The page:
Artists 'draw on air' to create 3D illustrations

Sep 19, 2007 By Lisa Zyga feature
Artists 'draw on air' to create 3D illustrations
(Left) An artist tests Drawing on Air, which uses a stereoscopic desktop display, stylus and tracking device. (Right) An illustration of a 3D bat skeleton created with the system. Credit: Daniel F. Keefe, et al. ©2007 IEEE.

By putting on a virtual reality mask, holding a stylus in one hand and a tracking device in the other, an artist can draw 3D objects in the air with unprecedented precision. This new system is called “Drawing on Air,” and researchers have designed the interface to be intuitive and provide the necessary control for artists to illustrate complicated artistic, scientific, and medical subjects.

Computer scientists Daniel Keefe (who’s also an artist), Robert Zeleznik, and David Laidlaw from Brown University have presented Drawing on Air in a recent issue of IEEE Transactions on Visualization and Computer Graphics.

The technique introduces two new strategies, using one hand or two hands, to give artists the tools they need for drawing different types of curves, and for viewing and editing their work. While other drawing techniques that use virtual reality allow artists to draw rough sketches, the researchers hope that Drawing on Air will take the technology to a new level with its ability to achieve a higher degree of control.

“First, think about a curve found in some interesting 3D shape—the handlebar of a road bike is a good example because it follows a smooth 3D curve,” Keefe explained to “Ok, now take your index finger and try to trace that curve out in the air in front of you. If you were able to leave a trail of paint behind your finger as it moves through the air, what you would notice from this exercise is that drawing a nice shape is really hard to do. First, you would probably notice that your drawing is quite wobbly. Second, you would probably find that the 3D proportion of the form is off.”

Keefe explained how Drawing on Air uses drawing guidelines, force feedback, and two-handed interaction to help artists draw this type of curve more precisely. The system then transfers the 3D drawing into the computer for use in 3D modeling, design, and illustration programs.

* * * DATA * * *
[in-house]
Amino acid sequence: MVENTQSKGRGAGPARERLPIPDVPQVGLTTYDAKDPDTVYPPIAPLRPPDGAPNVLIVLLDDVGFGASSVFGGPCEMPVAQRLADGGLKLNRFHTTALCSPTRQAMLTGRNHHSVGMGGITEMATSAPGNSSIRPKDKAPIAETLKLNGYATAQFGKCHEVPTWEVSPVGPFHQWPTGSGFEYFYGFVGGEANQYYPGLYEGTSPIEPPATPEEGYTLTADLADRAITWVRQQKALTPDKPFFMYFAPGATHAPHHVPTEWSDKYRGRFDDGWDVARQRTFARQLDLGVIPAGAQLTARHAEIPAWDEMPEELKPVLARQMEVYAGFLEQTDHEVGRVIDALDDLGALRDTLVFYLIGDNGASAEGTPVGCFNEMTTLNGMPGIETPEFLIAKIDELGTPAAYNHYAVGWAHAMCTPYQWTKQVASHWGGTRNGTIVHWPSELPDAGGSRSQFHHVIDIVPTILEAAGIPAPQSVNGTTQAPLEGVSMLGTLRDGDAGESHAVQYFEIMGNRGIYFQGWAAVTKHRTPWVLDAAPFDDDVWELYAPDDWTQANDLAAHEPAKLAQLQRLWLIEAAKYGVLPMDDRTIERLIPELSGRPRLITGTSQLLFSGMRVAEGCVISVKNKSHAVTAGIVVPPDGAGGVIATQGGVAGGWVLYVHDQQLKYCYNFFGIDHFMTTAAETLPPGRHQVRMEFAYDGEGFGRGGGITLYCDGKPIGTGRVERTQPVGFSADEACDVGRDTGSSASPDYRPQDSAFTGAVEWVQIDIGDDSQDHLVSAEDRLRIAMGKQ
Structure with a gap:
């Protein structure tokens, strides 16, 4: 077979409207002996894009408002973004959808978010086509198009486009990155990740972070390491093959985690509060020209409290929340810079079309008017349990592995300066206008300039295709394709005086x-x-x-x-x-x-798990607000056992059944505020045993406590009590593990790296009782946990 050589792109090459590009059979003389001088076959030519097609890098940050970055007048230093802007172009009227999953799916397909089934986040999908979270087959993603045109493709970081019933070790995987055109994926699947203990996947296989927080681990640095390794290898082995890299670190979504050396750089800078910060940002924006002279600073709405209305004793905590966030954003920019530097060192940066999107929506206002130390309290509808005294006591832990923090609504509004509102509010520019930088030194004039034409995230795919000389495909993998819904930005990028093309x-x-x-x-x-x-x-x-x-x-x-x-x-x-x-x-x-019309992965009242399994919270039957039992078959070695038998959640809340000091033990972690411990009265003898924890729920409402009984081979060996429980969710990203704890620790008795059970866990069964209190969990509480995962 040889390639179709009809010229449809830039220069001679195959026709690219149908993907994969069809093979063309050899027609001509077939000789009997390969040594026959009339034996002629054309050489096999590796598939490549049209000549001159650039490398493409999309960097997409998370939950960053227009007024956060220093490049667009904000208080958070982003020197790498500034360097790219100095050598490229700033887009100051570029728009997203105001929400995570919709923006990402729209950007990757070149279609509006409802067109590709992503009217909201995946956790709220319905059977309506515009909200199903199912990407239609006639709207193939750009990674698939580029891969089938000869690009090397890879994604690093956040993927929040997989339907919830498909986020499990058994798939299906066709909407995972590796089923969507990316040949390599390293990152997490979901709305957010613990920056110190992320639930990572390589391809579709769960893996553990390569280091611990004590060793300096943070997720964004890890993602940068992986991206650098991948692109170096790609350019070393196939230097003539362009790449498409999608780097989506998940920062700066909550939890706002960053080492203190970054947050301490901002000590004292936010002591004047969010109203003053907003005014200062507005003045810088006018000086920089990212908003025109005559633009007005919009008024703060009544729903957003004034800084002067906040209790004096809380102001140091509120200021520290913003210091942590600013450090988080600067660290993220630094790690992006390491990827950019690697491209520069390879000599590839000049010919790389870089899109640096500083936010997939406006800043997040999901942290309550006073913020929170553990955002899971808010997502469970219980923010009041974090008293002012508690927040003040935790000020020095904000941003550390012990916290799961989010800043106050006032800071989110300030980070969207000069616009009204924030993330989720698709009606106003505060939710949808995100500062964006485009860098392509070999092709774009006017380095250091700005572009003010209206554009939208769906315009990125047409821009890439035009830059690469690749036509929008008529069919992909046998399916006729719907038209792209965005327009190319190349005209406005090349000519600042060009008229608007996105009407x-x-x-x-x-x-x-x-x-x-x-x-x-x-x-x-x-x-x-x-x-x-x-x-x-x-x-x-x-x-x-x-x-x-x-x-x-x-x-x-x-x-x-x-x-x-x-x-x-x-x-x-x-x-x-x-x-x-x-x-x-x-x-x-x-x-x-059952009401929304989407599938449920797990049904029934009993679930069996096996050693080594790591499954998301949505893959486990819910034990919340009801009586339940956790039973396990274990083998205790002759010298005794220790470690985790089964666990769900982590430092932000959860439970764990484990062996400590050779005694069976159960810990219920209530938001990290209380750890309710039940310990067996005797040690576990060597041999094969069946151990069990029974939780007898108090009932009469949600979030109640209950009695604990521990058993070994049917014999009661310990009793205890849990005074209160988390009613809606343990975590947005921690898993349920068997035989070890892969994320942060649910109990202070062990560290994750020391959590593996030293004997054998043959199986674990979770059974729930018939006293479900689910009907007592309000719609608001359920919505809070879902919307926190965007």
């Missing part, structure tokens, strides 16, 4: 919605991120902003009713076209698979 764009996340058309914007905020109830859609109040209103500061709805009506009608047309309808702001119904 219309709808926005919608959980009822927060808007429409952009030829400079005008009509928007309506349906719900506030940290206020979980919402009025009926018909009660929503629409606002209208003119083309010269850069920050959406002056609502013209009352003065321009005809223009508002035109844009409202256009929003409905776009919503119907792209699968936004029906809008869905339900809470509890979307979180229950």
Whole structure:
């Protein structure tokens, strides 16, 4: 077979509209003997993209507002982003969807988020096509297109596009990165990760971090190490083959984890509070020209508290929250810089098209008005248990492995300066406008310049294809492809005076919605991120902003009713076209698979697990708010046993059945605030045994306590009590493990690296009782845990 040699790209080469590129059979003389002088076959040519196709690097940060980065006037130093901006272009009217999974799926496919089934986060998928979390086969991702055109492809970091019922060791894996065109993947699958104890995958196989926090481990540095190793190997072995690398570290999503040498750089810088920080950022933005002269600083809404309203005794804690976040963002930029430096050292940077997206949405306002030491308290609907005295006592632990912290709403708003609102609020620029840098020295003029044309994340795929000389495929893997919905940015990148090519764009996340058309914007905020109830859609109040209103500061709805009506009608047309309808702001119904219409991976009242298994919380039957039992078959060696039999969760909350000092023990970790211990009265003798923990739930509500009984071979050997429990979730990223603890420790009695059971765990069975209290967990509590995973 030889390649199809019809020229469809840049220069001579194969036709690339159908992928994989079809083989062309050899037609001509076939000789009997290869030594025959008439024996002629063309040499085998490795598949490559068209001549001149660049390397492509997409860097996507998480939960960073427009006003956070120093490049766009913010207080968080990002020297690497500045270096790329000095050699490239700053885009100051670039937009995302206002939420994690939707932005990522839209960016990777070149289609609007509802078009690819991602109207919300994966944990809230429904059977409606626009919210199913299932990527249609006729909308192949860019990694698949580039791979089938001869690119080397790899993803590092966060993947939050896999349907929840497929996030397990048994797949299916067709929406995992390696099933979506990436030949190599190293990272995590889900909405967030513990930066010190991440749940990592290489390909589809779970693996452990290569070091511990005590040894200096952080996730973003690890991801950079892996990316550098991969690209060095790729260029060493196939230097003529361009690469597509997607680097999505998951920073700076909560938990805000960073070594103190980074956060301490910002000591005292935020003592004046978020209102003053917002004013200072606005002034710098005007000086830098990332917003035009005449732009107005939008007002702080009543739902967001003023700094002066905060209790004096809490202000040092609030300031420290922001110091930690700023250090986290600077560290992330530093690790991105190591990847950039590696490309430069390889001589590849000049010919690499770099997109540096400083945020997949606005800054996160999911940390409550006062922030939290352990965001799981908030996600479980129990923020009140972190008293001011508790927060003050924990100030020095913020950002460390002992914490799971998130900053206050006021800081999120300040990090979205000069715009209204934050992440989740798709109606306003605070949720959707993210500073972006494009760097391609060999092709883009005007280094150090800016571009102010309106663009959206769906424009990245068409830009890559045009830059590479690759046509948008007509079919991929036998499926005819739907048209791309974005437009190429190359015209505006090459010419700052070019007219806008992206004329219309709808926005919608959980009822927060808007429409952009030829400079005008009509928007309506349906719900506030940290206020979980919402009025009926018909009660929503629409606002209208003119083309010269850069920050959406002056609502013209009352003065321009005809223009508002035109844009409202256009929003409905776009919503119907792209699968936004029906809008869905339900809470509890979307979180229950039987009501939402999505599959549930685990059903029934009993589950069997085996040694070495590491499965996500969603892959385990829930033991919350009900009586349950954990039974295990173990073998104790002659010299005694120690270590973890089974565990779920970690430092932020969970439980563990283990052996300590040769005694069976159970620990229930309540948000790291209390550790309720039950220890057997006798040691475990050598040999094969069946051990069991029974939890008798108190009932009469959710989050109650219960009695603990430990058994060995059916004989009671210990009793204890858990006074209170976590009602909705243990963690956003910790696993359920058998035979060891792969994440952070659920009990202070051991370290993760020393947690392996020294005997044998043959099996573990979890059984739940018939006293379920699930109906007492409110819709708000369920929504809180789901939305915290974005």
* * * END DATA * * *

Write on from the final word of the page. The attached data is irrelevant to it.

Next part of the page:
Drawing on Air’s two-handed method is based on the “tape drawing” technique, which is a highly controlled, two-handed method for drawing in 2D. Artists hold a stylus in one hand for drawing and a tracker (hooked up to the virtual reality setup) in the other hand for defining the direction of the line. The artist coordinates the movement of both hands to examine the work from different angles and draw accordingly.

While the two-handed method provides more control for experts, the researchers explain that a one-handed method is easier to learn, and is also more appropriate for drawing circular shapes because the artist’s arms don’t need to cross. In the one-hand method, the artist defines the direction of the line and draws the line with the same hand. The researchers describe the drawing operation as a pen being dragged behind the artist’s stylus as if on a tow rope. This drag enables the user to establish a drawing direction before actually drawing.

In both versions, artists can stylize their curves while drawing by dynamically adjusting line thickness and color. Haptic effects enable artists to intuitively adjust line thickness by applying pressure against an imaginary 3D surface, making drawing in the air feel similar to pushing a paintbrush against paper. Artists can easily switch back and forth between the two variations, and can also edit their work with the system’s features.

In a trial with 12 trained artists, results showed that Drawing on Air was easy to learn and provided sufficient control to illustrate complex 3D subjects with variety. For example, biologists studying bat flight find accurate 3D illustrations very valuable, since bats have a flexible wing membrane and curved bones that actually bend during flight. Artists in the trial successfully drew bats based on data from a bat flying in a wind tunnel, revealing the details of the animal’s anatomy in motion, and simplifying the uninteresting parts of the body.

“If we can boost the precision with which scientists can interact with their 3D data using a computer, then many more scientific uses for virtual reality technology may become possible,” Keefe said.

He said that another exciting part of this technology is that “once you have this ability to sketch in the air, there are so many different artistic directions you can go with it.”

“We're not too far from this sort of thing being available to consumers,” he added. “Right now, the cost is prohibitive, but with the advent of technologies like camera-based 3D tracking, I would expect the cost to create two-handed input systems like this to come down from thousands of dollars to hundreds of dollars in the next few years.”

Citation: Keefe, Daniel F., Zeleznik, Robert, and Laidlaw, David H. “Drawing on Air: Input Techniques for Controlled 3D Line Illustration.” IEEE Transactions on Visualization and Computer Graphics, vol. 13, no. 5, September/October 2007.

Copyright 2007
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